Chapter

The Semantic Theory of Colour Experience<sup>1</sup>

Mohan Matthen

in Seeing, Doing, and Knowing

Published in print February 2005 | ISBN: 9780199268504
Published online April 2005 | e-ISBN: 9780191602283 | DOI: http://dx.doi.org/10.1093/0199268509.003.0012
The Semantic Theory of Colour Experience1

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A standard philosophical approach to defining colour associates it with a ‘colour look‘ in standard circumstances. All extant plausible versions of this theory violate the condition that we should possess instinctive knowledge of colour. A more promising approach is a ‘semantic‘specification of the meaning of colour experiences, elaborated along the lines of Tarski=s semantic theory of truth: something is a particular colour if it really is the colour something looks to be when it presents the associated look. The semantic theory is elaborated by means of an analogy between sensory systems and measuring instruments. The proposal is that sensory systems provide measurements in an ‘auto-calibrated‘ scale: in terms, that is, of something like a re-identifiable pointer position that is not specified by reference to an independently defined scale.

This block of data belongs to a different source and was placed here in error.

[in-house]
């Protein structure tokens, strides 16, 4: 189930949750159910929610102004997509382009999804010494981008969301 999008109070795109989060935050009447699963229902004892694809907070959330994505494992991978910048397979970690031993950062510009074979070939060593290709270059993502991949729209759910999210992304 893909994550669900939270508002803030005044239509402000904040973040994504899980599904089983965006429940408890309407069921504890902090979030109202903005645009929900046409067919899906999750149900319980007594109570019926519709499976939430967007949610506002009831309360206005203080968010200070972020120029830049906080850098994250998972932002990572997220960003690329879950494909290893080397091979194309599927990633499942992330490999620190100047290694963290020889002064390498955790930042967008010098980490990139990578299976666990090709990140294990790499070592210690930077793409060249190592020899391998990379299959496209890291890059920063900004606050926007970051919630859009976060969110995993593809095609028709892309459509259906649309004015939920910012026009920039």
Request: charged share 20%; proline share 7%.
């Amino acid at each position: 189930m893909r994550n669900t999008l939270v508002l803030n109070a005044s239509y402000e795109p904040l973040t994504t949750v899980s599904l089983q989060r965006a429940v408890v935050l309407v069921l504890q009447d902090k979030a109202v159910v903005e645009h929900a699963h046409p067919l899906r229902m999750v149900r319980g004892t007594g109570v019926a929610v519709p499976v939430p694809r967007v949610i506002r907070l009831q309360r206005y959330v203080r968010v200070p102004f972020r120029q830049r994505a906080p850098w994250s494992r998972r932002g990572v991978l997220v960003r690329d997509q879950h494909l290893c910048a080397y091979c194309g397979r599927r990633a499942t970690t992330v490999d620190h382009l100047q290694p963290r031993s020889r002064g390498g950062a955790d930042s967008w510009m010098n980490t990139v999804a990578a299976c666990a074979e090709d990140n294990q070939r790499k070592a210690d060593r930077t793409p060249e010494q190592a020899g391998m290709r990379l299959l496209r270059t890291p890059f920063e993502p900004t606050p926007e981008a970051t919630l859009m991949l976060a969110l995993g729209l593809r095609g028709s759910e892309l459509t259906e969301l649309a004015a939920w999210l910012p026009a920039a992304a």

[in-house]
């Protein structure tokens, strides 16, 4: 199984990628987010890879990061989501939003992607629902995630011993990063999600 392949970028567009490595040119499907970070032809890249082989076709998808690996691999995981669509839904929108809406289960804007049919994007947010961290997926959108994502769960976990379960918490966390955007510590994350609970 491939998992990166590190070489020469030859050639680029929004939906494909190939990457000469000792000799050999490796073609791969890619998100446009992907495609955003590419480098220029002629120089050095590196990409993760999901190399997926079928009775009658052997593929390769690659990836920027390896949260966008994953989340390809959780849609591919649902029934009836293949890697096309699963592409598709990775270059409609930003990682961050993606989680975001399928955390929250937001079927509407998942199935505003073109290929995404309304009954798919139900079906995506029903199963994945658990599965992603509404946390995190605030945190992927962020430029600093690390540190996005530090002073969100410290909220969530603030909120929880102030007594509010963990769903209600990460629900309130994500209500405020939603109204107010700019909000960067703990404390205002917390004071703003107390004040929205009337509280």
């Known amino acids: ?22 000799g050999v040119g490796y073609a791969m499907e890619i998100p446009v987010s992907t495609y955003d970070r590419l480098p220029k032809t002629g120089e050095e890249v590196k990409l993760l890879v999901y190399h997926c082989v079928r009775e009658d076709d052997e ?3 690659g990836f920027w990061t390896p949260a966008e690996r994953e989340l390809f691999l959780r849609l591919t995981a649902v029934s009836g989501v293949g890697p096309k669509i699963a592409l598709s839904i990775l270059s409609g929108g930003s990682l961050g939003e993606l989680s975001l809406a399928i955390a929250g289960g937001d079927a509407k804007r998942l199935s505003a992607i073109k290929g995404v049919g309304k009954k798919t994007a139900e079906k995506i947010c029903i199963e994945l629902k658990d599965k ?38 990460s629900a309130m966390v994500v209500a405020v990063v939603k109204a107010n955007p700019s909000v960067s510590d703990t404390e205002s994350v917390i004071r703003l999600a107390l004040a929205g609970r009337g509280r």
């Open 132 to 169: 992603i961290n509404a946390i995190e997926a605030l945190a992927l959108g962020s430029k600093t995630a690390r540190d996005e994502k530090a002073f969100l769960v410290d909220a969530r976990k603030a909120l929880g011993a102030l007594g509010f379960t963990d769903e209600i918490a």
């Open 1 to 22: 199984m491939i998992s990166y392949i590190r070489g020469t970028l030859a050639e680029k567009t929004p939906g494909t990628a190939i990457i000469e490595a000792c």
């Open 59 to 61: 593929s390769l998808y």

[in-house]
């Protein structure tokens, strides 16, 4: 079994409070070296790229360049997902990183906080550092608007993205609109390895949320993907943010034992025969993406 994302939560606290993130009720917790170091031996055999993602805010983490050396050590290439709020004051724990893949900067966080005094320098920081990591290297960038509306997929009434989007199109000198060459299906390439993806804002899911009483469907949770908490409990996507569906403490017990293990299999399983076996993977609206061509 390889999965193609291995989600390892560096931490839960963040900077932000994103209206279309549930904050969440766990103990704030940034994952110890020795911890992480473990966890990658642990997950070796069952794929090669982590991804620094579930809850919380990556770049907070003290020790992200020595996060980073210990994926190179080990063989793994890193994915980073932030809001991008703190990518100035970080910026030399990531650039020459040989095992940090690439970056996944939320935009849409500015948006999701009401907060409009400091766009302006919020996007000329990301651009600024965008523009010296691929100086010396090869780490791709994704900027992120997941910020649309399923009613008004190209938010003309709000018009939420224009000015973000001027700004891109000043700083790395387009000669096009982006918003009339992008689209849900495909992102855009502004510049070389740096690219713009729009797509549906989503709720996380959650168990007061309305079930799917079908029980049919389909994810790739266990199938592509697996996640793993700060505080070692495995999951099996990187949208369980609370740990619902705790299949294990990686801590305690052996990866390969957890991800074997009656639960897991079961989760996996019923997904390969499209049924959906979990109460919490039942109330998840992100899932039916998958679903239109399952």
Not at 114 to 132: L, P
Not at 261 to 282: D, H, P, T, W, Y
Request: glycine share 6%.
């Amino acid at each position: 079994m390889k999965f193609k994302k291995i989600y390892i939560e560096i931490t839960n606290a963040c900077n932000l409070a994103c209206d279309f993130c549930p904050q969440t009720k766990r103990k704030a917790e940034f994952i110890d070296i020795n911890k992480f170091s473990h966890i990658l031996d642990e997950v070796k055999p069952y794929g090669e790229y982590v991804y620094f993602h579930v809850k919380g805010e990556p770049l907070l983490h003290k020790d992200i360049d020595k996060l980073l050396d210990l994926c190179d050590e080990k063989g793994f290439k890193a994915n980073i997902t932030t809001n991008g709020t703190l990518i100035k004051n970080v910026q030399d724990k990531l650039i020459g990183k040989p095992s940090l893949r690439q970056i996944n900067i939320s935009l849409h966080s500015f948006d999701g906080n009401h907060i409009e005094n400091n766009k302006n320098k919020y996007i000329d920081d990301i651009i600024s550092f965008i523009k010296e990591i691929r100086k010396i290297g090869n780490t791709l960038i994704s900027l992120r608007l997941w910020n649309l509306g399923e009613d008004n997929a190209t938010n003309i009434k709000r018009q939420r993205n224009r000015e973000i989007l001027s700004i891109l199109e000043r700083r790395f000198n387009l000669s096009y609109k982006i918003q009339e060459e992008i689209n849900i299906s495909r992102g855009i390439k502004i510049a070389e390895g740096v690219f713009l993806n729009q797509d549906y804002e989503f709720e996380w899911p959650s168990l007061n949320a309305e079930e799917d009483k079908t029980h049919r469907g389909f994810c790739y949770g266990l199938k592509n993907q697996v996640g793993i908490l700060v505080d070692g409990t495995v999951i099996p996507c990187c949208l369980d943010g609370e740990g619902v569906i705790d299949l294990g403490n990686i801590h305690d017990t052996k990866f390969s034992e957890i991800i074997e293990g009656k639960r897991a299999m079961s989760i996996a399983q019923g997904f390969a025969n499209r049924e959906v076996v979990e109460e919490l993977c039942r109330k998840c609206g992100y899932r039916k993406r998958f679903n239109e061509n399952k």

Keywords: Alfred Tarski; colour looks; colour properties; colour relativism; dispositional theories of colour; Mark Johnston; measurement; musical harmony; sensation; sensation as symbol; sensory knowledge

Chapter.  10621 words. 

Subjects: Philosophy of Mind

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